How did they determine the names of the characters in Frozen? An Internet search of Norwegian baby names! See that? Even Disney geniuses use Google. Anna was originally Anika. I like her as Anna better. And some smart person on the Internet (don’t you love the Internet?!) discovered that when you string together Hans Kristoff Anna Sven it sounds a lot like Hans Christian Andersen. How cool is that?! Not intentional, but still cool.
There were probably 20 songs written for the movie. They didn’t all propel the story forward so they didn’t all make it in. But the ones that did are absolutely fantastic! Seriously, I’m addicted to the Frozen Soundtrack.
After our awesome interview with the Directors we got the chance to learn more about how the characters are animated. That began with a trip to the Rigging Lab. I was totally unfamiliar with what rigging means, but it’s really cool and they even let us try it ourselves. Rigging basically means fine tuning all the little things that make the characters ‘real’. That includes hair and cloth, so the way Elsa’s hair moves (she has a crazy amount of hair – 419,000 pieces compared to Rapunzel’s 27,000) and the way the box pleats on Anna’s skirt moves when she swings around.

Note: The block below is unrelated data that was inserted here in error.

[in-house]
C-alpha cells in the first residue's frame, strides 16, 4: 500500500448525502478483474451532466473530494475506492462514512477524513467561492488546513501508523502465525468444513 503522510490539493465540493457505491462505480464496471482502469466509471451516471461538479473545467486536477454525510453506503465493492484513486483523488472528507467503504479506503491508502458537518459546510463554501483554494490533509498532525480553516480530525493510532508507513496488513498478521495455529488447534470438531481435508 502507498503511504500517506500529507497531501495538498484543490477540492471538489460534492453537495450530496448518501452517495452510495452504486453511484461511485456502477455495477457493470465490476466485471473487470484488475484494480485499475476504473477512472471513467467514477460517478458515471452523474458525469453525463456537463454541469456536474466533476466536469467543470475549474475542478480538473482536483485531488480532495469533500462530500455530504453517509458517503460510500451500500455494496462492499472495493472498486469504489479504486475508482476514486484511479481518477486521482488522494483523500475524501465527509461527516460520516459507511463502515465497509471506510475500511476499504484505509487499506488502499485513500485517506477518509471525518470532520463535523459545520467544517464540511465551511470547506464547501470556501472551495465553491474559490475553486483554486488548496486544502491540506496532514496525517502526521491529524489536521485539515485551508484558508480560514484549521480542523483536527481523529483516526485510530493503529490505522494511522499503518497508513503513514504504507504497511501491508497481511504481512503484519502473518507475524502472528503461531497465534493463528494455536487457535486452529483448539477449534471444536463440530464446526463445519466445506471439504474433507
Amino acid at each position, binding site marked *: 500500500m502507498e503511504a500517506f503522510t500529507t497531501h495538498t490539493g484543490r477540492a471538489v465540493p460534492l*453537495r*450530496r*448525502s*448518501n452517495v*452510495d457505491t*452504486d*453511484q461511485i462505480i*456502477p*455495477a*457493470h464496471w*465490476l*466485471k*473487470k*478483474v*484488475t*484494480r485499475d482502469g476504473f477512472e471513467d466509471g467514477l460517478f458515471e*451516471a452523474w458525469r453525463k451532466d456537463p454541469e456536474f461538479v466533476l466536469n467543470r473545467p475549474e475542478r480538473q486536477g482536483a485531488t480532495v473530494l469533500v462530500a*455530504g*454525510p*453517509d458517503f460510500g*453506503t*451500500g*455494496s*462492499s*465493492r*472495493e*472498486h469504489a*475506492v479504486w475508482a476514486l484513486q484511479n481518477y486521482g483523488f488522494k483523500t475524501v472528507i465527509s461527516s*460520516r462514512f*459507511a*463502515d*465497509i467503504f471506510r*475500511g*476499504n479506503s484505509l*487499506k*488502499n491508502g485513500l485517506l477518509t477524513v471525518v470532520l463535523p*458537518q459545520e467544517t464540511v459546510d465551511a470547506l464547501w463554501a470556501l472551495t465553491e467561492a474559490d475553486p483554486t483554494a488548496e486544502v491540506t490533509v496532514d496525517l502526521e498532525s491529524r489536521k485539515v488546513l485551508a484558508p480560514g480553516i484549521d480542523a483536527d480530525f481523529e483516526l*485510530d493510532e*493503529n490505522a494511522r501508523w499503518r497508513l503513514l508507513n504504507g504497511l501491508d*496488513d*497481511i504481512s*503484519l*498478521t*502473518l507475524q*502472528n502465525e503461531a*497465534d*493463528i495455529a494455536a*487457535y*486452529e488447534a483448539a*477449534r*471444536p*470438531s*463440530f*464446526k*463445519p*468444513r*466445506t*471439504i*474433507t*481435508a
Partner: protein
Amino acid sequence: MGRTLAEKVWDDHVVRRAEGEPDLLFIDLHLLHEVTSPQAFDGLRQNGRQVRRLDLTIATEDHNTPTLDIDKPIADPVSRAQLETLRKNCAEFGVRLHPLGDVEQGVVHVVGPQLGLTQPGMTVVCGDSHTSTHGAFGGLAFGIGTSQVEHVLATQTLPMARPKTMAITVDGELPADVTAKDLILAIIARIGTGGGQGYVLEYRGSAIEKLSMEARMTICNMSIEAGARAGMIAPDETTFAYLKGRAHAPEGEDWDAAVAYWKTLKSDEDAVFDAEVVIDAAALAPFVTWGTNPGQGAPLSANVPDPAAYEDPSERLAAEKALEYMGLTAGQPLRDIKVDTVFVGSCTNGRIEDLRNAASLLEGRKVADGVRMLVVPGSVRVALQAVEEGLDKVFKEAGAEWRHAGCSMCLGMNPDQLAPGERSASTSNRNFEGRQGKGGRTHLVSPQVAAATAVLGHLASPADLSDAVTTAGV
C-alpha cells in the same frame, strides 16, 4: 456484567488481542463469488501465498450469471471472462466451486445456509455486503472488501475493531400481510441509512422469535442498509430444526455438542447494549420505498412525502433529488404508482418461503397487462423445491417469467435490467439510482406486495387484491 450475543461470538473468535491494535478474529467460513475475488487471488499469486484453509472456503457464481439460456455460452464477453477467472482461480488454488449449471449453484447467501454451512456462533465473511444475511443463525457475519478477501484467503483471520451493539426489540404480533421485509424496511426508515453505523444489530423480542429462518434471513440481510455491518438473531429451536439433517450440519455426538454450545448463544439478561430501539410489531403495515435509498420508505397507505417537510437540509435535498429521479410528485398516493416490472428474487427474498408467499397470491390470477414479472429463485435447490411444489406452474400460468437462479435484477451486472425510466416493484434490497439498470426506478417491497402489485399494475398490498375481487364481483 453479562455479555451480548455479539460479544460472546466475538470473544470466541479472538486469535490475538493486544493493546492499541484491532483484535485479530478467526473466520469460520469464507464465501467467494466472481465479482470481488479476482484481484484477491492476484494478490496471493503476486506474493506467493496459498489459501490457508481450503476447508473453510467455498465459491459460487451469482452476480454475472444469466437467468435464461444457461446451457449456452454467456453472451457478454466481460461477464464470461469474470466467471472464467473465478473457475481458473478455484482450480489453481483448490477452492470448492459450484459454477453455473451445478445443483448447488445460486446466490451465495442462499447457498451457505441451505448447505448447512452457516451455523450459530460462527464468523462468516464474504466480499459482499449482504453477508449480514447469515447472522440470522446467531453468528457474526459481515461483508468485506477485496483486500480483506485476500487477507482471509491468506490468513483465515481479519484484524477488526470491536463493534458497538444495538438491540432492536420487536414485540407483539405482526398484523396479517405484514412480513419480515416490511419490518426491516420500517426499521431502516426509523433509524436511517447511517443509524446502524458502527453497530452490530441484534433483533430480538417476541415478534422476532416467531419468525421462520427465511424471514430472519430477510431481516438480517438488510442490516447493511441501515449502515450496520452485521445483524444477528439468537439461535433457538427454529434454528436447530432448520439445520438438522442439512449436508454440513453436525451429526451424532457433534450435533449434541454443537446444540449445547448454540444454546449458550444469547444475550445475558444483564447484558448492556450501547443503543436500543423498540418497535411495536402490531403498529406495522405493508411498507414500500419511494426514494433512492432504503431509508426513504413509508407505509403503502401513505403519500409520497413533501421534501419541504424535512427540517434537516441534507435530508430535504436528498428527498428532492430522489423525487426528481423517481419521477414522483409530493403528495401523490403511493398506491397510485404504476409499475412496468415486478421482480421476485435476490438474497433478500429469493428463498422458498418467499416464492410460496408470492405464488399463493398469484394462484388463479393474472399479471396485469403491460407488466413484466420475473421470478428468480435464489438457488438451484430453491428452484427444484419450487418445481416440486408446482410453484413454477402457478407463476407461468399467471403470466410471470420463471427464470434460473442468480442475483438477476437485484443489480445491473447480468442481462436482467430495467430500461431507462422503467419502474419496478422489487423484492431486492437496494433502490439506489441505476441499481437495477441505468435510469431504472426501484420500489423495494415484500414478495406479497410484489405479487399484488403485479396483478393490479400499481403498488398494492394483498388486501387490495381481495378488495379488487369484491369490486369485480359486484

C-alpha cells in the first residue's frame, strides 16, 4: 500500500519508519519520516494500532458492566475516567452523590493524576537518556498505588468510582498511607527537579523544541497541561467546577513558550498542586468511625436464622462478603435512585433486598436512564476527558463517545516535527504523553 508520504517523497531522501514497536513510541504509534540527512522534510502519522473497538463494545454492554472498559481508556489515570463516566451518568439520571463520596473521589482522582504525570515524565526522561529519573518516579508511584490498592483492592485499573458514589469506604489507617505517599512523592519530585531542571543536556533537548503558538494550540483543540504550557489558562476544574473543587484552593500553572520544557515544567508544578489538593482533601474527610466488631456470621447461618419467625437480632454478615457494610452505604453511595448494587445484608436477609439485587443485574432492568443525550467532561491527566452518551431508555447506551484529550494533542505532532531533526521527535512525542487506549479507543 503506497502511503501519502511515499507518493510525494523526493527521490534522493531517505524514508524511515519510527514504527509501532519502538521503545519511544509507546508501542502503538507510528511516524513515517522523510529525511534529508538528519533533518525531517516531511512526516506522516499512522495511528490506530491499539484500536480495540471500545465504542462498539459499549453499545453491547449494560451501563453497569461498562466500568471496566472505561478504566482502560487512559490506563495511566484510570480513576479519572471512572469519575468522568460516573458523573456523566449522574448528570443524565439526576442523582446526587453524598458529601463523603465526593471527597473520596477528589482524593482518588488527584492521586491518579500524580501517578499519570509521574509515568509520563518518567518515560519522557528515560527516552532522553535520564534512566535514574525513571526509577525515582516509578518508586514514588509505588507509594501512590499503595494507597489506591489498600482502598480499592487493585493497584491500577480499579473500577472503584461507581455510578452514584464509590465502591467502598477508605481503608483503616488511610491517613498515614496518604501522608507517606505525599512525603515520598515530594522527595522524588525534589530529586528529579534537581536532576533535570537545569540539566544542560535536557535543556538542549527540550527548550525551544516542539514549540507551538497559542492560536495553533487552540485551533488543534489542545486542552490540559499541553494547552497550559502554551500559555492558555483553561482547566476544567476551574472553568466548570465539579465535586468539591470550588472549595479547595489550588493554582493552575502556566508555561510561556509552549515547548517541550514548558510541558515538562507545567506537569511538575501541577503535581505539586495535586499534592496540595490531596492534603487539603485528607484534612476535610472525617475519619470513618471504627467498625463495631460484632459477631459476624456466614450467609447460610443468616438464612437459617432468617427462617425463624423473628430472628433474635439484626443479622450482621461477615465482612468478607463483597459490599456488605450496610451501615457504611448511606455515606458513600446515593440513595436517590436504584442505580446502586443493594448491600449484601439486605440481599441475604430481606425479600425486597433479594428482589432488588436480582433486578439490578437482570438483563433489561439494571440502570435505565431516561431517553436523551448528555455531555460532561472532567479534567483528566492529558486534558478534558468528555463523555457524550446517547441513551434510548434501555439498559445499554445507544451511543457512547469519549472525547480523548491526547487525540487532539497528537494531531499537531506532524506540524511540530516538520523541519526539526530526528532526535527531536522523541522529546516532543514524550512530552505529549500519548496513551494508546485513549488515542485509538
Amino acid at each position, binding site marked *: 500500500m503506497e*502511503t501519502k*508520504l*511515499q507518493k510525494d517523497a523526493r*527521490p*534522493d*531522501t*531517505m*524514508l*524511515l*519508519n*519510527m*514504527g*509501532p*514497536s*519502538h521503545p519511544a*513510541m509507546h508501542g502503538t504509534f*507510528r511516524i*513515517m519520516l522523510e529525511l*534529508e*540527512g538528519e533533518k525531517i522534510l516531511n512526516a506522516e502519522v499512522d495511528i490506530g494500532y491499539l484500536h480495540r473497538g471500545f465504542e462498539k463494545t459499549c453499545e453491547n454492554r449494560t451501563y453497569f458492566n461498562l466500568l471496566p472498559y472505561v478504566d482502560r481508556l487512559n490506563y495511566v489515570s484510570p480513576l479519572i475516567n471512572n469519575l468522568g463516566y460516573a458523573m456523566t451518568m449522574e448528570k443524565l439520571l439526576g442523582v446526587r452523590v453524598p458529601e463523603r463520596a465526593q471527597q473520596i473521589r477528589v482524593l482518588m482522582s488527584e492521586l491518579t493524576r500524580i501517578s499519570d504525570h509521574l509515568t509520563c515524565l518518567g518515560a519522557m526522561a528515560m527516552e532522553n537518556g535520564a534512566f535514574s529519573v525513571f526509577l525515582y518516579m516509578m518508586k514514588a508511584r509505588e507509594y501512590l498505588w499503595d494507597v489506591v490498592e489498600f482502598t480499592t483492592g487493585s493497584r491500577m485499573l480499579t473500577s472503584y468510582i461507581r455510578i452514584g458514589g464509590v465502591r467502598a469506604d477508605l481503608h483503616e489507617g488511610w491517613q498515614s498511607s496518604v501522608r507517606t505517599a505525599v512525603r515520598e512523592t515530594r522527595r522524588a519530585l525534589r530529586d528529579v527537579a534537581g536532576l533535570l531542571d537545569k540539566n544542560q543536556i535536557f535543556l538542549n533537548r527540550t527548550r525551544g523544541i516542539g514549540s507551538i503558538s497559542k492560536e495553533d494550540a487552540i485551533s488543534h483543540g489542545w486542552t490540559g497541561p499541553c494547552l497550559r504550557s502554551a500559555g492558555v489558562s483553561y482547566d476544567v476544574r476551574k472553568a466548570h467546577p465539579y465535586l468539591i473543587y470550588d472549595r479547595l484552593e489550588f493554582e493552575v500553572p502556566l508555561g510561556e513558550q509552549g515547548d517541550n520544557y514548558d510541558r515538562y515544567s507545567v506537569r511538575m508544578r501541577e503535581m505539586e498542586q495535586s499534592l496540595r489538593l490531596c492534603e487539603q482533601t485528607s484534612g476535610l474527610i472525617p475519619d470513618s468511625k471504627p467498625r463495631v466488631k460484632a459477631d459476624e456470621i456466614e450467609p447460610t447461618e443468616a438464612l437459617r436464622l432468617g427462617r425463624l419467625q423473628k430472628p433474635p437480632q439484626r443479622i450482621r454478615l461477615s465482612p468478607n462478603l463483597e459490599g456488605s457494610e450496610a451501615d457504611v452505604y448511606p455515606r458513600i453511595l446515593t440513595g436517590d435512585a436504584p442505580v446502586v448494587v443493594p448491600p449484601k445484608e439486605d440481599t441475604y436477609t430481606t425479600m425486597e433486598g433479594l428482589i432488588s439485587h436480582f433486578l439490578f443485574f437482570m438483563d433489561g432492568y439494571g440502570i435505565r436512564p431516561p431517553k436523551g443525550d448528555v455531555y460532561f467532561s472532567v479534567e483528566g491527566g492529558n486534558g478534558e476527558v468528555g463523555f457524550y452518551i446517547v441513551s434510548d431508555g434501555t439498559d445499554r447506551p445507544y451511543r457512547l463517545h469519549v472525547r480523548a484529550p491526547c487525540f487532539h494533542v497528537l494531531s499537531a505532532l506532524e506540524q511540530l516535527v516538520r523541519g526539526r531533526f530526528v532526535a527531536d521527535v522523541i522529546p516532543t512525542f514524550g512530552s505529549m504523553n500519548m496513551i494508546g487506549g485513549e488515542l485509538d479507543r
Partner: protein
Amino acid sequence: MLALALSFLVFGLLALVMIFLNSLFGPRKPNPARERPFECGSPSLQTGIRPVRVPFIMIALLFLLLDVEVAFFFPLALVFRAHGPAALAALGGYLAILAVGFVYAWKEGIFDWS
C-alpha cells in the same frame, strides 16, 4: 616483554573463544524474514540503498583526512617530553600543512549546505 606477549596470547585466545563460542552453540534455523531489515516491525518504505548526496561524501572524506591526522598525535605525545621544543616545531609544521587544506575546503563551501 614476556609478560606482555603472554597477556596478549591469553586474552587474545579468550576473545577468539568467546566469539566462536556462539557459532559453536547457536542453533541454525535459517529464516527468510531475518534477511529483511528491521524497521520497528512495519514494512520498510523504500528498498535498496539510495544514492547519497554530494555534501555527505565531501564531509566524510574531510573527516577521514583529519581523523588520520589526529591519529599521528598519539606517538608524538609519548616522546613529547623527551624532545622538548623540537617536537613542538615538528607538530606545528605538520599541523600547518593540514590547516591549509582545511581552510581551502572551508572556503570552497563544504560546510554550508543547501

“Without a rig, characters are statues that slide through space. Rigging defines how characters move. Facial rigs allow characters to emote.” Greg Smith, Rigging Artist on Frozen
Now here’s the fun part! They set up the computers so we could rig Olaf. This shot is pieced together but they have 2 monitors side-by-side and you click on a feature on the right monitor, say the nose, and then go back to the left monitor and you can move it around. Watch the video below to see how it’s done!
It’s so cool, right? We really had a lot of fun in the Rigging Lab!
Our last stop on the tour was to meet with the lead Animators that worked on the movie. From left to right above: Lino DiSalvo, Head of Animation; Wayne Unten, Animation Supervisor for Elsa; and Becky Bresee, Animation Supervisor for Anna. Instead of showing us on computers how they animate characters they talked to us more about their process, which was SO interesting! Here are some of the highlights: